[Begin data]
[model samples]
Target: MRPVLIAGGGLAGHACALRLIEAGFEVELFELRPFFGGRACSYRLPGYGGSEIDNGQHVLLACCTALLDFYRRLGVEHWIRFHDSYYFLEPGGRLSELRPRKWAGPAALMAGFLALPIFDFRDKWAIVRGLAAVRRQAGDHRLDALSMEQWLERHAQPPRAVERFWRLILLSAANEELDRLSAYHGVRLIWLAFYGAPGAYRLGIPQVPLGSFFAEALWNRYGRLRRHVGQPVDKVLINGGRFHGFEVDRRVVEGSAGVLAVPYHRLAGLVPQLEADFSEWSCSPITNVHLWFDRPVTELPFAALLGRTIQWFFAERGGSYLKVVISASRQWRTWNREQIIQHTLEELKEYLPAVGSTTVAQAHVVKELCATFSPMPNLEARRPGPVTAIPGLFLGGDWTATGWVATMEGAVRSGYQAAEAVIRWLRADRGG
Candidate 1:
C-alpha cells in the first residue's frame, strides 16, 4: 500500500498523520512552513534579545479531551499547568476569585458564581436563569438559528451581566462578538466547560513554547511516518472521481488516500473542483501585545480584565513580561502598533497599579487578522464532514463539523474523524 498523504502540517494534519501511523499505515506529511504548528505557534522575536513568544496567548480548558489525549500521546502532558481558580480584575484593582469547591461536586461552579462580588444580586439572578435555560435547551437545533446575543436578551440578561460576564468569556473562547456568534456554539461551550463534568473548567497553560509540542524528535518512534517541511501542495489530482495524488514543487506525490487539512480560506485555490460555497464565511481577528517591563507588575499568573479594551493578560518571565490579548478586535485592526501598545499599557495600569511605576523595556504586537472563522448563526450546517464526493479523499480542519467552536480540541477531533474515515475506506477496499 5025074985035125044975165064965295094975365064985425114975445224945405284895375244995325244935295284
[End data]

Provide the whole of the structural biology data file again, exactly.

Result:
[model samples]
Target: MRPVLIAGGGLAGHACALRLIEAGFEVELFELRPFFGGRACSYRLPGYGGSEIDNGQHVLLACCTALLDFYRRLGVEHWIRFHDSYYFLEPGGRLSELRPRKWAGPAALMAGFLALPIFDFRDKWAIVRGLAAVRRQAGDHRLDALSMEQWLERHAQPPRAVERFWRLILLSAANEELDRLSAYHGVRLIWLAFYGAPGAYRLGIPQVPLGSFFAEALWNRYGRLRRHVGQPVDKVLINGGRFHGFEVDRRVVEGSAGVLAVPYHRLAGLVPQLEADFSEWSCSPITNVHLWFDRPVTELPFAALLGRTIQWFFAERGGSYLKVVISASRQWRTWNREQIIQHTLEELKEYLPAVGSTTVAQAHVVKELCATFSPMPNLEARRPGPVTAIPGLFLGGDWTATGWVATMEGAVRSGYQAAEAVIRWLRADRGG
Candidate 1:
C-alpha cells in the first residue's frame, strides 16, 4: 500500500498523520512552513534579545479531551499547568476569585458564581436563569438559528451581566462578538466547560513554547511516518472521481488516500473542483501585545480584565513580561502598533497599579487578522464532514463539523474523524 498523504502540517494534519501511523499505515506529511504548528505557534522575536513568544496567548480548558489525549500521546502532558481558580480584575484593582469547591461536586461552579462580588444580586439572578435555560435547551437545533446575543436578551440578561460576564468569556473562547456568534456554539461551550463534568473548567497553560509540542524528535518512534517541511501542495489530482495524488514543487506525490487539512480560506485555490460555497464565511481577528517591563507588575499568573479594551493578560518571565490579548478586535485592526501598545499599557495600569511605576523595556504586537472563522448563526450546517464526493479523499480542519467552536480540541477531533474515515475506506477496499 5025074985035125044975165064965295094975365064985425114975445224945405284895375244995325244935295284